Who better to take skiing tips from than freeskiing legend Dan Egan?
Egan stresses the importance of using uphill ski pressure to control speed while skiing steep and deep terrain.
It might sound simple, but it can be a difficult to master as skiers naturally want to put more pressure on their downhill ski.
Give his demonstration a watch below.
It might just change the way you ski!
Dan Egan: “Uphill Ski Pressure allows the skier to decelerate at the end of the turn in deep powder or on steeps and provides a stable platform for moving through the transition in challenging terrain while entering the new turn. This drill requires you to handle acceleration, dynamic motion, isolation and separation of body parts, and knee angulation for edge pressure.
This drill complements so many drills in this program. Start by choosing the length of your turns on a wide-open slope. Now as you exit the belly of the turn and enter into the Lower Third phase of the turn, pressure your up-hill ski, by this I mean stand up and on the ski to release the pressure on the downhill ski.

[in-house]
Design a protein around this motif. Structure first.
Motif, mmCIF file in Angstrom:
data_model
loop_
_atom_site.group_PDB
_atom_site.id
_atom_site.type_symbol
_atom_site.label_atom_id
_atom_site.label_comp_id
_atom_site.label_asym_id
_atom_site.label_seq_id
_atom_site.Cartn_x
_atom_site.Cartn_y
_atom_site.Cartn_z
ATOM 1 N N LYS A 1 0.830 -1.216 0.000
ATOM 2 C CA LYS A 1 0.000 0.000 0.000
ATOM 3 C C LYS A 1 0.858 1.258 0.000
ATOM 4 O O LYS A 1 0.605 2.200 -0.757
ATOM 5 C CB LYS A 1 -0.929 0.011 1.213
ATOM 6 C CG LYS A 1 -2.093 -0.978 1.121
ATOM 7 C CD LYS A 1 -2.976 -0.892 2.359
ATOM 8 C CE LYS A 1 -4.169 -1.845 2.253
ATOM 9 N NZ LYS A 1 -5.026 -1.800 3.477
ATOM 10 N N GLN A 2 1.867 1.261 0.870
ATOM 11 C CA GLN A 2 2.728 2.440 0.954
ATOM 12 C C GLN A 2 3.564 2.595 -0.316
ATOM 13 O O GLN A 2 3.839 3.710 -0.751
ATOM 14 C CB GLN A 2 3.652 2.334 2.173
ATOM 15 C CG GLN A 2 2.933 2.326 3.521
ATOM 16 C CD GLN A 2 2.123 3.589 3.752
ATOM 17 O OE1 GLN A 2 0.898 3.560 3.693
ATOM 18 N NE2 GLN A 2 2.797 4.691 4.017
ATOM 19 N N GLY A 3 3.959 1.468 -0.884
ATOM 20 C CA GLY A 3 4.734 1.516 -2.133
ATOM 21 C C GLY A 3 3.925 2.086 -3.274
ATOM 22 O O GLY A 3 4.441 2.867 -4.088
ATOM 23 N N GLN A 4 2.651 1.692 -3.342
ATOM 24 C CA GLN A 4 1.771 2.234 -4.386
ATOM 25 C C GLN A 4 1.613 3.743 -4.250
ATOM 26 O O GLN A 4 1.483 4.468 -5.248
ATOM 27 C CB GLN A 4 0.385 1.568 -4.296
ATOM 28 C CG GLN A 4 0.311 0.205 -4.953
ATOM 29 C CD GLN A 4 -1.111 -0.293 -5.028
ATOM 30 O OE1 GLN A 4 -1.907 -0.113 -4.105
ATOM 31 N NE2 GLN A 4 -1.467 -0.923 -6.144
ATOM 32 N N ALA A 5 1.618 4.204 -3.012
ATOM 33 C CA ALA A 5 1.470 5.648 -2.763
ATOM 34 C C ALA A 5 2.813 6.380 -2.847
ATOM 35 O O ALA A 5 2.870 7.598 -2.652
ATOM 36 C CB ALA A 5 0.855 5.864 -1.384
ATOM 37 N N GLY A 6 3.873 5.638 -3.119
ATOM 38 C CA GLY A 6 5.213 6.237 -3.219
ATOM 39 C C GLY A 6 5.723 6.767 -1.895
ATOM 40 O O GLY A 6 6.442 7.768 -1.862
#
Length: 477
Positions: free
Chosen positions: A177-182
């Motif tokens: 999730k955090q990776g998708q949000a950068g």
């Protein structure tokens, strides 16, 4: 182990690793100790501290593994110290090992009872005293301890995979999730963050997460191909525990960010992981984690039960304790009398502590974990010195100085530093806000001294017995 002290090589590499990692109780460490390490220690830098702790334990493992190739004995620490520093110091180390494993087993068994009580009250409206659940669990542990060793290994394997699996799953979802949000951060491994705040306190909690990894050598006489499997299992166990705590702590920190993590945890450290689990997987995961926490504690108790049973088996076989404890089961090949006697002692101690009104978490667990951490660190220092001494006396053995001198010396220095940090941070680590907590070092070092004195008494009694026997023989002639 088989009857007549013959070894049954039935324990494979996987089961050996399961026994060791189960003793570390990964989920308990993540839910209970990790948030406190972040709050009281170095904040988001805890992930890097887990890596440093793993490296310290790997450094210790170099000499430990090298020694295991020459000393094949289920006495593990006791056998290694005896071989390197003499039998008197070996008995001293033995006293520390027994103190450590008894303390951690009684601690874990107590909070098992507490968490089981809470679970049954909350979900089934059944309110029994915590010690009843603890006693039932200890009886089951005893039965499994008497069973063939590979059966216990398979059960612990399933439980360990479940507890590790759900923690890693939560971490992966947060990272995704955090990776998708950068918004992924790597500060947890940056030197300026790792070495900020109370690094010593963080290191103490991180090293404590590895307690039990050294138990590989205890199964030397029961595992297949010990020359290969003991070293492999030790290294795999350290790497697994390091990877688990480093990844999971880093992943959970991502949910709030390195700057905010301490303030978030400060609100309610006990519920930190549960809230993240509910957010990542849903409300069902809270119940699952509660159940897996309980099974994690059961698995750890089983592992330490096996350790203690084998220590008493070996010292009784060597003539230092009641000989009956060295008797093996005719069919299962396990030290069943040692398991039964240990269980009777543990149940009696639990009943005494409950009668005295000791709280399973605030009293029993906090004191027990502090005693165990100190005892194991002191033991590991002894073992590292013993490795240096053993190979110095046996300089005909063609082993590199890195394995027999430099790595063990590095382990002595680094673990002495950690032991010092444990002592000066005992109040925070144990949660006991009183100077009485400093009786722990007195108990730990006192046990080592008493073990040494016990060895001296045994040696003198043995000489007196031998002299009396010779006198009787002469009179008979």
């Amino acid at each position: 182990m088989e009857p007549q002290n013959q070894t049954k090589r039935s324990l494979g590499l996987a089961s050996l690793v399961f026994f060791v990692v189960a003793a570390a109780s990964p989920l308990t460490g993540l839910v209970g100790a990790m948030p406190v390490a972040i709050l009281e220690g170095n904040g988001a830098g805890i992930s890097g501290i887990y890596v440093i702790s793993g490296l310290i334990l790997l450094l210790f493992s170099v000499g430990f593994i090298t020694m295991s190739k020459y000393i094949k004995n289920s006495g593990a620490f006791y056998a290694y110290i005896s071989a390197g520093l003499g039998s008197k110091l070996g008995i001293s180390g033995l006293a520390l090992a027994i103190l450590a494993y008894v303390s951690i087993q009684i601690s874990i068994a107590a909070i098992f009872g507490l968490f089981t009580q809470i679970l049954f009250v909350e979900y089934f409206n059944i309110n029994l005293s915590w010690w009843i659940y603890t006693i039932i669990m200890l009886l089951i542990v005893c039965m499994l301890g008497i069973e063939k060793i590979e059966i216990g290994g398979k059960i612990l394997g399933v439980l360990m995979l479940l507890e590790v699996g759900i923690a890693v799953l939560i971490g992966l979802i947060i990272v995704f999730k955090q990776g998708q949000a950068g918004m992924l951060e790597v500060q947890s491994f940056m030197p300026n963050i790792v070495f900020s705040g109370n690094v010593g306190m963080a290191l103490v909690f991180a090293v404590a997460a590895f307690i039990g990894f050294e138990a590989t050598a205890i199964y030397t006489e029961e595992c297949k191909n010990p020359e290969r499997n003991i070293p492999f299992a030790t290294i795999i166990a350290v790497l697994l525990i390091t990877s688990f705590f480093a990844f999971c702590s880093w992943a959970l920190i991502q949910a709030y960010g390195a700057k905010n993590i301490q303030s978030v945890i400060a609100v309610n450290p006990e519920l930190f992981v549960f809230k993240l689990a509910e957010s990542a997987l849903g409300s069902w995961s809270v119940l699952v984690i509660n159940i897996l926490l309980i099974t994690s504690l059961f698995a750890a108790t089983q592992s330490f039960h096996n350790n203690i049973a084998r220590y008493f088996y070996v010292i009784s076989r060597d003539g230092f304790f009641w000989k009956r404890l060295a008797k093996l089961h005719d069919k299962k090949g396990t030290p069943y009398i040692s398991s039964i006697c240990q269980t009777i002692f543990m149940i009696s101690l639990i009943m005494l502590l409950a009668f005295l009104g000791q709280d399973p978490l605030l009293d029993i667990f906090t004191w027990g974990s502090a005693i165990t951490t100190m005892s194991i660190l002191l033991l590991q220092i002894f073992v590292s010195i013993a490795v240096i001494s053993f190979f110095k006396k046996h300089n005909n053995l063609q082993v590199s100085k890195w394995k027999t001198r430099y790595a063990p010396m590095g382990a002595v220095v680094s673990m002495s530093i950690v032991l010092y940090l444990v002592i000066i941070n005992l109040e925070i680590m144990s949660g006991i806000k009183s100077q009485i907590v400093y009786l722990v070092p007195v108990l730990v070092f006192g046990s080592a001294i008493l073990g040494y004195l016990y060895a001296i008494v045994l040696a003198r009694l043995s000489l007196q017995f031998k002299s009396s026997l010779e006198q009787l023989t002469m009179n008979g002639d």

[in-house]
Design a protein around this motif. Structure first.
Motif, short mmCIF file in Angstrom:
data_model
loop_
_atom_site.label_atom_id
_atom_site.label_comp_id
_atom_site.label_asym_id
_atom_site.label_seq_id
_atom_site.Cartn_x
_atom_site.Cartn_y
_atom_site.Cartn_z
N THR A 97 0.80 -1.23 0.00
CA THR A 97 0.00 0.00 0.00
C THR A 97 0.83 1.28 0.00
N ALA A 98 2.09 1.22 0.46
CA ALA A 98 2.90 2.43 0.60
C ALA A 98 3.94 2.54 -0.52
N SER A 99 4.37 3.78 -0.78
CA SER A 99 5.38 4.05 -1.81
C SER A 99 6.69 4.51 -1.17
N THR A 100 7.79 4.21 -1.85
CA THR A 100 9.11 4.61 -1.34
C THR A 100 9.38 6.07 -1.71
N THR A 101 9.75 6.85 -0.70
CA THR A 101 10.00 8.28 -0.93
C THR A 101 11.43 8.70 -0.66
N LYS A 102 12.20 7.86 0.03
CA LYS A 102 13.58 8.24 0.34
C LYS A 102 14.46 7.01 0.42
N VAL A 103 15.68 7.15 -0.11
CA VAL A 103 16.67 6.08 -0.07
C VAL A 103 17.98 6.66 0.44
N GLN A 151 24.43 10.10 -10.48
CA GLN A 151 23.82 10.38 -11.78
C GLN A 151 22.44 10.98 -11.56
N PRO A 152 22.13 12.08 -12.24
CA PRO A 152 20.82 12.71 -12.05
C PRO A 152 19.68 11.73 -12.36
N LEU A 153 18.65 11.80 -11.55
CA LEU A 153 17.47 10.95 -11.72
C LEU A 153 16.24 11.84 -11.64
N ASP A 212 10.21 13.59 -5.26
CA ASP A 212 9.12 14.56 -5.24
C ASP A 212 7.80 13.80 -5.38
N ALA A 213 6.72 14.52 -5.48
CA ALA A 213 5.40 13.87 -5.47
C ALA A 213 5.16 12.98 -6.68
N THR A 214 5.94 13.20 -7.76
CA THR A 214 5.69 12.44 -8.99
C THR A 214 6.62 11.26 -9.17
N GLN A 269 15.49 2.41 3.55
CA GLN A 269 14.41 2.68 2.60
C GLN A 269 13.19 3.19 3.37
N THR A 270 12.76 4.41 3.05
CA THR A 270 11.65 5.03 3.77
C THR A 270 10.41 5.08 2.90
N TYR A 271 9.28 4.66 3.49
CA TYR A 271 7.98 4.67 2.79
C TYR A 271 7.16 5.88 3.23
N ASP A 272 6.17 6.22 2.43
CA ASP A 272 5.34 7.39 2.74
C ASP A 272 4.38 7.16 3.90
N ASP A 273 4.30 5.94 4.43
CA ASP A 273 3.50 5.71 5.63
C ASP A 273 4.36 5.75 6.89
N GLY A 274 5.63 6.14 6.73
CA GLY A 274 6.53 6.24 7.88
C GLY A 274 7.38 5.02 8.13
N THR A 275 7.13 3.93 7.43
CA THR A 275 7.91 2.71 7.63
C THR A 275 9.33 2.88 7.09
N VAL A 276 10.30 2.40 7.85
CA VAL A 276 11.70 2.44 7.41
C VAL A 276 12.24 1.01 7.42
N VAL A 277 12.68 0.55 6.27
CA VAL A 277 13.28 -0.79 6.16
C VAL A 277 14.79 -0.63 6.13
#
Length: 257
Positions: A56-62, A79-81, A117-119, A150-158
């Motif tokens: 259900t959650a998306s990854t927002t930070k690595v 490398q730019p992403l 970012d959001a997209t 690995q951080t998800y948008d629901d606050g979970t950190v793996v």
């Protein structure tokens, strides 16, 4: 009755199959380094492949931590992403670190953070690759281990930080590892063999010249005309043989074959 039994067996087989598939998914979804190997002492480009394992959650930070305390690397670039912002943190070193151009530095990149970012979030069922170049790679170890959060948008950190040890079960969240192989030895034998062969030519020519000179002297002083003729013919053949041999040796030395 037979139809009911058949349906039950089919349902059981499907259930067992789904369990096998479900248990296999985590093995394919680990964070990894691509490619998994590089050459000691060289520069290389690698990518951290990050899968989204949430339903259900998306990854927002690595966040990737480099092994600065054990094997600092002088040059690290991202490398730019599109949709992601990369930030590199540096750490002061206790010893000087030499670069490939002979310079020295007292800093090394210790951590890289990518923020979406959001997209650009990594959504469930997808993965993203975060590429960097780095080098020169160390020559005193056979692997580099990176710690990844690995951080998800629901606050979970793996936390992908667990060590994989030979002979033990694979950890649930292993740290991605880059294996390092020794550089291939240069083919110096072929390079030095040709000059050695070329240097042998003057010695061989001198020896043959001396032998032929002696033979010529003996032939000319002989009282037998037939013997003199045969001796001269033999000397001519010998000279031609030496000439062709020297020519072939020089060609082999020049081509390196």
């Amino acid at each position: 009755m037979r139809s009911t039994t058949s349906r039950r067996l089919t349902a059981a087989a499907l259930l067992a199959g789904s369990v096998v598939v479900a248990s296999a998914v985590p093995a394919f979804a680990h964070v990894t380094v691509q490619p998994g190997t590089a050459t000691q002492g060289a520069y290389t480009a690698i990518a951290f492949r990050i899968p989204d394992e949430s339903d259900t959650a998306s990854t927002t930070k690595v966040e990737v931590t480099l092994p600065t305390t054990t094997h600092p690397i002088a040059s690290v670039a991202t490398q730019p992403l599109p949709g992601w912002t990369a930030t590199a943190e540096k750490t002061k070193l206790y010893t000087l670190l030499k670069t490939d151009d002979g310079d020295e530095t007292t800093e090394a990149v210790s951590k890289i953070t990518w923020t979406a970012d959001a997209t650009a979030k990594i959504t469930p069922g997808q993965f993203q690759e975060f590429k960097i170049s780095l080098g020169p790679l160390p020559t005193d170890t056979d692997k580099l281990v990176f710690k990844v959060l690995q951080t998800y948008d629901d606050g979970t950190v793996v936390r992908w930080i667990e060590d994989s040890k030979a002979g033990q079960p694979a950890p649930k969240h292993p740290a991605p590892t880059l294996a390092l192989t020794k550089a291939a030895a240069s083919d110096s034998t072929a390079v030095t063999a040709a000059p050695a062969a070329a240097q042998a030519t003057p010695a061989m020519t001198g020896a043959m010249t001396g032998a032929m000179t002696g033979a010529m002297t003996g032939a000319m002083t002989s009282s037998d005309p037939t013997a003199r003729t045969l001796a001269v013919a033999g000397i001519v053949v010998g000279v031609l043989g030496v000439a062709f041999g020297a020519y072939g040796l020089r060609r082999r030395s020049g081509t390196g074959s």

We have been taught and programed that more pressure on the downhill ski equals more control. Many skiers over pressure the downhill ski in the lower third of the turn in a search for control. If the conditions are firm or even icy there is belief that more edge and pressure will control speed, however what happens is one, skier often over pressure the downhill ski and the lower leg stiffens and is pushed away from the further down the hill. Two, the ski can accelerate, I often joke, if edging was slow the top skier racers in the world wouldn’t do it. The third consequence for over pressuring the downhill ski in the lower third of the turn is when skiing in powder and or on the steeps the feet separate making your stance too wide and the result of this is the uphill ski has very little pressure and moves forward which straightens the ankle and puts the skier out of position.
So, a whole lot can go wrong when we over pressure the downhill ski and the desired result is not accomplished. So, what is the fix? Pressure on the uphill ski. This accomplishes the following, first, it moves the uphill leg into position under your hips, second it releases the pressure on the downhill ski which will eliminate unwanted acceleration. And thirdly it narrows your stance which provides a wider platform and more stability because now the skis are closer together the total width of both skis are acting as one, rather than two separate platforms when your skis are further apart.”